One egg a day


An egg a day keeps the cardiologist away. This is the finding of a very large study published in Heart, British Medical Journal. (1) Regular consumption of eggs is associated with significantly reduced risk of cardiovascular disease. Details to follow.

Prospective study of half a million individuals

A group of researchers from China and the United Kingdom, coordinated by Prof. Liming Li and Dr. Canqing Yu (Peking University, School of Public Health) studied the relationship between egg consumption and the occurrence of cardiovascular disease, ischemic heart disease, coronary events, and hemorrhagic and ischemic strokes.

The prospective study was performed on about half a million adults, ranging in age from 30 to 79 years. Their clinical pictures were recorded and followed over the years, as were their egg consumption habits.

More eggs, less cardiovascular disease

The study on egg consumption focused on healthy individuals, thus excluding consideration of people with neoplasms, cardiovascular disease, and diabetes. Over an average observation period of 8.9 years, a total of 83,977 cases of cardiovascular disease and 9,985 deaths from cardiovascular problems were documented, as well as 5,103 major coronary events.

At the beginning of the cohort study period, 13.1 percent of participants reported consuming eggs daily and 9.1 percent reported very infrequent egg intake. Analysis of the results showed that compared with people who did not consume eggs, daily consumption was associated with a lower risk of cardiovascular disease.

Eggs and cardiovascular health, the details

Regular egg consumers-up to one egg per day-have significantly reduced risks of hemorrhagic stroke (-26%), hemorrhagic death from stroke (-28%) and cardiovascular disease (-18%), according to the study. A 12 percent reduction in the risk of ischemic heart disease was also observed in people who take eggs daily, compared with those who avoid them or take them sporadically.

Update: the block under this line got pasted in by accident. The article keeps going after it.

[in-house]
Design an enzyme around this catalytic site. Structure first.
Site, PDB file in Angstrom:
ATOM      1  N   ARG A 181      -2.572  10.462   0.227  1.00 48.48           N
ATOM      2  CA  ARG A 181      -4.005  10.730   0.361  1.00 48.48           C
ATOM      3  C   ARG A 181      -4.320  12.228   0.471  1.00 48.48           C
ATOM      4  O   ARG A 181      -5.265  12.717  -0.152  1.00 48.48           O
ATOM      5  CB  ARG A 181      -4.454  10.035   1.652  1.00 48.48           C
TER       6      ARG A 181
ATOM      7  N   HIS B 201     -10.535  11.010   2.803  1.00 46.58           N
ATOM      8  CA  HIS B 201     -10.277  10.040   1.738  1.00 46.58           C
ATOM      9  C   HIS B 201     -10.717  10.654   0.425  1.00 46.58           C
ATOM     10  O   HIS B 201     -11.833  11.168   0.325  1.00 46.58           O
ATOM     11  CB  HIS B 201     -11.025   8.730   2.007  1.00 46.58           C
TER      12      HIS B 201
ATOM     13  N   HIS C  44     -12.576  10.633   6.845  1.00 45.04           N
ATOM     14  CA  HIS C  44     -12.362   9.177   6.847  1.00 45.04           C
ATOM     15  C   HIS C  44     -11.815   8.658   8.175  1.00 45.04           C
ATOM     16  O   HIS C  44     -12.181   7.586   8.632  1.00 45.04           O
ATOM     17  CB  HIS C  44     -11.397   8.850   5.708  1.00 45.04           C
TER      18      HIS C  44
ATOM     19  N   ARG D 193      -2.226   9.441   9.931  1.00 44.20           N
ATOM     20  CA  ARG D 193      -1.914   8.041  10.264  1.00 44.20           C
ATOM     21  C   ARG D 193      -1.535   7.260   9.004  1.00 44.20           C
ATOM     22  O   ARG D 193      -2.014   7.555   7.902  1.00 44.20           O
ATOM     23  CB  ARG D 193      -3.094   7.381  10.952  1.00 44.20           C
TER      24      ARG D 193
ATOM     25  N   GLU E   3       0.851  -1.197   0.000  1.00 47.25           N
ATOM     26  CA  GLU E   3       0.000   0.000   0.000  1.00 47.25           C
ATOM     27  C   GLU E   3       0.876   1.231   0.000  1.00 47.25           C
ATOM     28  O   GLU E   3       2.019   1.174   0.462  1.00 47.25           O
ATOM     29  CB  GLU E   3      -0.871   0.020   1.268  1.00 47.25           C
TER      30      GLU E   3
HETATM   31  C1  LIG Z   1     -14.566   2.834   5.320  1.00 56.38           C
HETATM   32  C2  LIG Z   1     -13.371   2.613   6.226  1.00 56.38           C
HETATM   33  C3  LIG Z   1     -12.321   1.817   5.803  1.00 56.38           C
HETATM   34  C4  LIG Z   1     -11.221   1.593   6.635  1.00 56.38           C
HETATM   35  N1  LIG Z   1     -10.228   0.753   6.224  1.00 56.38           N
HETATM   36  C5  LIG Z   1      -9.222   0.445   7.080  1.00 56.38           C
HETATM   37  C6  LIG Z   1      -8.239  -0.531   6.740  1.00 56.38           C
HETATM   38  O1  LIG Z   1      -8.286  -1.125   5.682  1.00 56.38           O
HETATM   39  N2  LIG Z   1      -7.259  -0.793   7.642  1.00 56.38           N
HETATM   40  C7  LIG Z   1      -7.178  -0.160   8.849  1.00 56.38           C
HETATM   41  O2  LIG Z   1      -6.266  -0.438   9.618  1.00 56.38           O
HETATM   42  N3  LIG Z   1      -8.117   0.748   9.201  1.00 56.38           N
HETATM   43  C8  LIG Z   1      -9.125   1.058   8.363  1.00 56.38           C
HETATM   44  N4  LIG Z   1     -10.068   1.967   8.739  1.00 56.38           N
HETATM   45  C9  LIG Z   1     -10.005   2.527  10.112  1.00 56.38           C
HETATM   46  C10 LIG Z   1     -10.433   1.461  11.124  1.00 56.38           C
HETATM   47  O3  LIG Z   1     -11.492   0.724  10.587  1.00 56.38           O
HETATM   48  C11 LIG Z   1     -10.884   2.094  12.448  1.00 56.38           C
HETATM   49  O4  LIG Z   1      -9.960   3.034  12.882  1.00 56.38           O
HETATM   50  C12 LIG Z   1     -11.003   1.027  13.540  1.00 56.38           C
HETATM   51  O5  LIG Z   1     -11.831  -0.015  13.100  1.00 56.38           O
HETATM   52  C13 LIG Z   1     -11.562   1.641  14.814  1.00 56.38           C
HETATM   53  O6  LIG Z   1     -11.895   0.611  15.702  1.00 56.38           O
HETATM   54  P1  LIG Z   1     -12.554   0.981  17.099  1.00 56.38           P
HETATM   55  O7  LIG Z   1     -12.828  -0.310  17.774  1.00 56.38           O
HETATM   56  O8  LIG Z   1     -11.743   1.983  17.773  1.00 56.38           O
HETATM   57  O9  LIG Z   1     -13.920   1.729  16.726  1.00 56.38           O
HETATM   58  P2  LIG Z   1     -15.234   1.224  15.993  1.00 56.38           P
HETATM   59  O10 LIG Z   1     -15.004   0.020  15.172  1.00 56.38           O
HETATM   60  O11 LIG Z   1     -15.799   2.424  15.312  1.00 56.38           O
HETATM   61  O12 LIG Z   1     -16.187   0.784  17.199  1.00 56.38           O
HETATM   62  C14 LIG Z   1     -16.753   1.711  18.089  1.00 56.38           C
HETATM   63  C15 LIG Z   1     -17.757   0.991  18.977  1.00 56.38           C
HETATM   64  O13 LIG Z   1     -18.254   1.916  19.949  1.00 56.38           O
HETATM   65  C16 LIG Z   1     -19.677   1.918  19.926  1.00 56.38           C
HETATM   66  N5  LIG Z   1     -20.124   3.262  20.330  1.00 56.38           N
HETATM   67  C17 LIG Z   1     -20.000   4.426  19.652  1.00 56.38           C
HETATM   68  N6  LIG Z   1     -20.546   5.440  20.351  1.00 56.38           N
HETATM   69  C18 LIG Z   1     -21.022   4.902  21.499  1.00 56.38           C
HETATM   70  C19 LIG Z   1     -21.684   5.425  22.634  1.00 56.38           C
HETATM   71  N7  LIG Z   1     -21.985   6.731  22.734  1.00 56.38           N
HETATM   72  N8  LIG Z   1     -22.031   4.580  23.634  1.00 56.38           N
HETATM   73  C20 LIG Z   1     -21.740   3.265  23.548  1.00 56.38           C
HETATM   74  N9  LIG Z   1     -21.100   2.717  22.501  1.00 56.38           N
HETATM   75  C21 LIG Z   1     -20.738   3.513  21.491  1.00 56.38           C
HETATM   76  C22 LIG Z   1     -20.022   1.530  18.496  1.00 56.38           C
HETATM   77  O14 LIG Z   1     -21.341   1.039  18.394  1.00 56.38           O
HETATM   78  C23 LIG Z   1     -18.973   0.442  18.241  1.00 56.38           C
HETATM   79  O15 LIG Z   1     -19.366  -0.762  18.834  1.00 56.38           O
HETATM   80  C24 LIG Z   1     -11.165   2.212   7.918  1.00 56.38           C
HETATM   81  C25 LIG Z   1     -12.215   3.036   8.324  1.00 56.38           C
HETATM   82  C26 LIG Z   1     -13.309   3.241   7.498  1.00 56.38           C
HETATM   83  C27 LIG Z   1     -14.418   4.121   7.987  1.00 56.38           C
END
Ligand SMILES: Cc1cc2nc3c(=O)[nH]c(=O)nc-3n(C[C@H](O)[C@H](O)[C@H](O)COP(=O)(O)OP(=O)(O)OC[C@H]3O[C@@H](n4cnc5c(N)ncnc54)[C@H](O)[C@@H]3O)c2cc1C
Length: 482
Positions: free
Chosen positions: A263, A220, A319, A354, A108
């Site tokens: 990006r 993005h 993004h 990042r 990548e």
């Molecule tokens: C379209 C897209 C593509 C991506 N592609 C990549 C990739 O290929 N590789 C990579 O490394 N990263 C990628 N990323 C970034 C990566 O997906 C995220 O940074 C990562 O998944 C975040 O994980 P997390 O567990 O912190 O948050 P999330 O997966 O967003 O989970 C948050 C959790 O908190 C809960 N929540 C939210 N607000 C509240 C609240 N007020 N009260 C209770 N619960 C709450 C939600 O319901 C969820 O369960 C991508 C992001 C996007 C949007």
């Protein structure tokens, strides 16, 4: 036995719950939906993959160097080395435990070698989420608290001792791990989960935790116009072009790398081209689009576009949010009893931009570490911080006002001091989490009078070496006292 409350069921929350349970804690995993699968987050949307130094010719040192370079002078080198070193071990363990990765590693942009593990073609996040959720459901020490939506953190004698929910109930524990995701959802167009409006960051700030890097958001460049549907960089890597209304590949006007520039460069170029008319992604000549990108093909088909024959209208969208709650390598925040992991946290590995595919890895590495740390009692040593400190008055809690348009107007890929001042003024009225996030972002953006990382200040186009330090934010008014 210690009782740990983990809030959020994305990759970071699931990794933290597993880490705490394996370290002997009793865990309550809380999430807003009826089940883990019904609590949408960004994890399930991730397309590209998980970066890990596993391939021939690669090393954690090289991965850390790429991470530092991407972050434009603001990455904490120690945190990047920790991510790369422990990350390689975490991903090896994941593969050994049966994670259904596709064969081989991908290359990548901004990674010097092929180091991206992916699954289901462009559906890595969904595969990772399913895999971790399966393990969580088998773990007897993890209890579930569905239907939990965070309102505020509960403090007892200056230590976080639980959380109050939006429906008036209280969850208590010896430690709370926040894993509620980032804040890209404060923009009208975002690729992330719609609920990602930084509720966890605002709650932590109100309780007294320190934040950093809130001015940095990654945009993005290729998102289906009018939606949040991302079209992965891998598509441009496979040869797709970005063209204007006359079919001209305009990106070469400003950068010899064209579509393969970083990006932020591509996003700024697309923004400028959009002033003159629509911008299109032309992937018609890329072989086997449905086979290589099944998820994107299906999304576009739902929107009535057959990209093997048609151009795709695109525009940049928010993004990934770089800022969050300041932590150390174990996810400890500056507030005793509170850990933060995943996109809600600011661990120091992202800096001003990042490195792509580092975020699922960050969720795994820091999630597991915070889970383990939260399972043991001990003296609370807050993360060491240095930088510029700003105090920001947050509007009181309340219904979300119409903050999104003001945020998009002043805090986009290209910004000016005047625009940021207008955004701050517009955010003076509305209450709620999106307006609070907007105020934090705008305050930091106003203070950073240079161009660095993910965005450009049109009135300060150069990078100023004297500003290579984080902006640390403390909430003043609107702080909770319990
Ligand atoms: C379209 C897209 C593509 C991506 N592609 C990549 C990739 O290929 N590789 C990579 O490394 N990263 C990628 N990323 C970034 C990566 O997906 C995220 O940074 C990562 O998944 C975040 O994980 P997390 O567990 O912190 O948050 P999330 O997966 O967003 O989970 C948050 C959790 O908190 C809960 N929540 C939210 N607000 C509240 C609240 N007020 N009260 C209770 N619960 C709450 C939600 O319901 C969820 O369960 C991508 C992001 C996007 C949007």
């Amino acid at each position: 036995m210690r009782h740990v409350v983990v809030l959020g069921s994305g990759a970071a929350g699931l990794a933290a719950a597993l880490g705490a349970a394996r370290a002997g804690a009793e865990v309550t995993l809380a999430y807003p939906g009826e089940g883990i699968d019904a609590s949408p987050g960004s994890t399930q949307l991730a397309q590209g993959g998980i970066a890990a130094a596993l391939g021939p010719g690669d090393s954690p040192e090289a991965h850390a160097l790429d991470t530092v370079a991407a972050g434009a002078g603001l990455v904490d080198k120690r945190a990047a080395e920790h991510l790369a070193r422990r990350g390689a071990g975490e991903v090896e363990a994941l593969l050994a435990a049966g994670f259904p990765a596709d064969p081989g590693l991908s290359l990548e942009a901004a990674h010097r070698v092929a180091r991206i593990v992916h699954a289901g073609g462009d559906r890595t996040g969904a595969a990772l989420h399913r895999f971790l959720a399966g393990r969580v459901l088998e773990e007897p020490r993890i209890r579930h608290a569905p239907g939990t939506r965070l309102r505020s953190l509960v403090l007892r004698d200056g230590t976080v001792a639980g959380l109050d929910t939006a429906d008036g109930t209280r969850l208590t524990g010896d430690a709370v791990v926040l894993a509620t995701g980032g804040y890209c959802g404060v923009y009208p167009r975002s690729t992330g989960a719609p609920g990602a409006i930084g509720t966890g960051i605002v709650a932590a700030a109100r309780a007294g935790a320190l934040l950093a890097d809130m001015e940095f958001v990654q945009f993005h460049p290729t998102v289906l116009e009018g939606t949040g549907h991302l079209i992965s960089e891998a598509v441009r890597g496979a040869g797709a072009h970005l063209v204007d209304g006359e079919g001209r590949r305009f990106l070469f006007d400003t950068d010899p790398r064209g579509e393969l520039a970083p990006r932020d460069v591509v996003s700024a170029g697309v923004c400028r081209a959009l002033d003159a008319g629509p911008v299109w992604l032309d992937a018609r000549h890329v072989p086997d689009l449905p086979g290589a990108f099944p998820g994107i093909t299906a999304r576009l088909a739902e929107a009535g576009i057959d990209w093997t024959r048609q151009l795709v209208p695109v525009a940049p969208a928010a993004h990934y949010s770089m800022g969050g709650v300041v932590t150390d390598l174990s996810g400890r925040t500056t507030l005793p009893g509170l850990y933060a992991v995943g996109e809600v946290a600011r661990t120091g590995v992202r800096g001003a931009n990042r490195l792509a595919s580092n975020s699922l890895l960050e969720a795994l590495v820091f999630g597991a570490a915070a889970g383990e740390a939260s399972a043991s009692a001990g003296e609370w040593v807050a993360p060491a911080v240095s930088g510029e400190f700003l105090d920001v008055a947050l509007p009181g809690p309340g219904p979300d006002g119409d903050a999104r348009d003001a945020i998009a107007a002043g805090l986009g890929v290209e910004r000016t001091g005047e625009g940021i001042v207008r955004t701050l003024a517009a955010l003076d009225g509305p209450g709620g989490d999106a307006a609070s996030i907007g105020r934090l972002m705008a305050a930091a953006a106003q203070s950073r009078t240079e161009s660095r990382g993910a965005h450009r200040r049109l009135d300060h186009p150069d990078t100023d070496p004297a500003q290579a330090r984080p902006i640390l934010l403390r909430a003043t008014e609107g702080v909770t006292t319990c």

Far beyond what has already been shown in Dr. Dominik Alexander’s study(Journal of American College Nutrition, 2016). According to which egg consumption, up to one a day, has no significant association with heart disease (compared to ‘two eggs a week’ consumption).

Eggs and health, beyond the cliché

Eggs have long been cast in a bad light as a possible contributor to increased blood cholesterol. A hypothesis by the way also challenged in this study, according to which such food instead helps to balance the ratio of ‘good’ to ‘bad’ cholesterol.

In contrast, the egg is a valuable source of high biological value protein as well as high-quality vitamins and bioactive components, such as phospholipids and carotenoids.

The cohort study by the team of researchers from China and the United Kingdom is observational in nature, so no firm conclusions can be drawn about dose-effect relationships. The authors moreover emphasize the benefit of a ‘large sample,’ in addition to the consideration of established and potential risk factors for cardiovascular disease. As for possible implications on clinical practice, the authors pointed out that ‘the present study finds that there is an association between regular egg consumption and a lower rate of heart problems.’

Antonio Gattulli and Dario Dongo


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